Academic Patents and Entrepreneurial Intention: To What Extent Are Other Knowledge Transfer Mechanisms Affected in a Mexican University?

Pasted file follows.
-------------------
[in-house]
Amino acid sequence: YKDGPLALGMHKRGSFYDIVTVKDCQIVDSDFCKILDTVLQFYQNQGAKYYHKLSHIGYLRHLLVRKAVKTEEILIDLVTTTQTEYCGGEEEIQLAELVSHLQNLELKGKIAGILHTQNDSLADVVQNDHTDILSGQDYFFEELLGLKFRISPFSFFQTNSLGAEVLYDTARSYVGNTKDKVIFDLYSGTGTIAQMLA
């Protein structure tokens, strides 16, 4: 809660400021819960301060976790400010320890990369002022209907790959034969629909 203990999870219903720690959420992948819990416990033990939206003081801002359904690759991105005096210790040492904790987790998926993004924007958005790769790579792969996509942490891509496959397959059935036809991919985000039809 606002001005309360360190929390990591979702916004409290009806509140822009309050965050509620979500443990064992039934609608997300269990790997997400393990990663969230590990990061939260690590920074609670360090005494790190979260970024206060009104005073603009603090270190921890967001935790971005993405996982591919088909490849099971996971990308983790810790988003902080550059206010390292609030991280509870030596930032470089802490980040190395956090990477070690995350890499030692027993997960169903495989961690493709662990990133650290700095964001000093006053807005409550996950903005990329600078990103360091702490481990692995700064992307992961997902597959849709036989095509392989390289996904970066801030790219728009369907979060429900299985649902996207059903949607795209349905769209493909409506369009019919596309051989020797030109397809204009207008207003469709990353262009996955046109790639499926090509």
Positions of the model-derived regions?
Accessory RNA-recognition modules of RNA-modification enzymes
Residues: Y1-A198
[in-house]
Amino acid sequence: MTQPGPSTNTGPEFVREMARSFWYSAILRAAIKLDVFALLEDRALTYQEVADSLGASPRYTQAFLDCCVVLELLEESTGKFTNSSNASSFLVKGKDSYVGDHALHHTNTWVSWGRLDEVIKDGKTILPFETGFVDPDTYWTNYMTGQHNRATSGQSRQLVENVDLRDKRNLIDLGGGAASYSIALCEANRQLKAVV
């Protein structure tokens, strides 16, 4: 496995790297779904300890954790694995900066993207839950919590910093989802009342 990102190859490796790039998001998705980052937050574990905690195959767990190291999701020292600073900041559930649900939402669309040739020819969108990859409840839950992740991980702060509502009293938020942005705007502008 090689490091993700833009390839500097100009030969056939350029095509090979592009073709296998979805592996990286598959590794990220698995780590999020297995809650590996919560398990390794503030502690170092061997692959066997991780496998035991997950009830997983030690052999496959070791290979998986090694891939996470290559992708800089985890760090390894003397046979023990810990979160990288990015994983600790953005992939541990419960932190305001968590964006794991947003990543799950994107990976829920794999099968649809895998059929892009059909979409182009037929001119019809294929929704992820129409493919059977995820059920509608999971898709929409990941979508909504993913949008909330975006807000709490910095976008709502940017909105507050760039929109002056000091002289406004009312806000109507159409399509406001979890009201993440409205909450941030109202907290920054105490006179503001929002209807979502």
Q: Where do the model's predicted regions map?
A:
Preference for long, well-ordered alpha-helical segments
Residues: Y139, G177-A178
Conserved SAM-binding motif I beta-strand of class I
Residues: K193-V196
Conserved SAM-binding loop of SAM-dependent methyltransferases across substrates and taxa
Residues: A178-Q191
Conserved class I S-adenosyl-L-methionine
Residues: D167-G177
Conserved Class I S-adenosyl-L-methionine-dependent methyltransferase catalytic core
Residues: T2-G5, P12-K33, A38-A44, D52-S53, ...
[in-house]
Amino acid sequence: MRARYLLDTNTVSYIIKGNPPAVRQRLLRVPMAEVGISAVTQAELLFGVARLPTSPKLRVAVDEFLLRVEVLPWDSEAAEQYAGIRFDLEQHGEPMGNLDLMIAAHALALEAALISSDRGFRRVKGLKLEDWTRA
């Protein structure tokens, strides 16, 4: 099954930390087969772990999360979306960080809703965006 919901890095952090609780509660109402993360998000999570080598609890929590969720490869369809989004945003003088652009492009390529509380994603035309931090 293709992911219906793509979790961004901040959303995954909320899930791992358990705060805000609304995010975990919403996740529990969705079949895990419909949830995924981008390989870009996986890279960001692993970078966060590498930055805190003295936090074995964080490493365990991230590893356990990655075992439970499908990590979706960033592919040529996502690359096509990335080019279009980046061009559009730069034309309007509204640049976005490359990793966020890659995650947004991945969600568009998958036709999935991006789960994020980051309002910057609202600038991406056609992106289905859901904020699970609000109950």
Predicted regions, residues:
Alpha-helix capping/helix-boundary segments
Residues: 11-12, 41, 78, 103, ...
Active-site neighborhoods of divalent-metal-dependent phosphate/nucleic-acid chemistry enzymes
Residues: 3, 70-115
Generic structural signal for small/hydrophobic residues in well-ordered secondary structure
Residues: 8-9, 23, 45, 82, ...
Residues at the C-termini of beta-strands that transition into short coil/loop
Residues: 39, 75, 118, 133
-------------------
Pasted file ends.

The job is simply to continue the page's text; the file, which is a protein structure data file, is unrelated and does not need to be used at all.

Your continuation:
Abstract: This research aims to expand the explanations about the debate on academic entrepreneurship and other knowledge transfer mechanisms, to respond to what extent entrepreneurial intention affects the diffusion and dissemination of knowledge in a Mexican university. The lack of indicators of commercial activity, leads us to propose the analysis of a pre-commercial stage of technology that we call entrepreneurial intention. After the literature review, we present a database of academic inventors in patents granted to the university, identifying patenting with an entrepreneurial intention, following Lomas (1993) knowledge transfer taxonomy. Data about publications and received citations by academic inventors is also considered for knowledge diffusion; as well as the supervision of end-of-degree projects in undergraduate and graduate studies; before and after the patent was granted, for knowledge dissemination. Using a binomial model, we estimated two data sets, one for the period 1984-2000 and the second for 2001-2020. Our findings reveal, an average increase of 60% in the number of patents obtained. We also found that the characteristics of the research group are significant in both models, but in the 2001-2020 period it is more important to integrate foreign inventors than patenting with firms, the dissemination of knowledge is more significant and has greater importance in the model. To respond to what extent entrepreneurial intention affects the diffusion and dissemination of knowledge, greater attention should be paid to the diffusion of knowledge since in both models the variable that represents publications after patenting is not significant. The explanation about the dissemination of knowledge improves substantially from one period to another.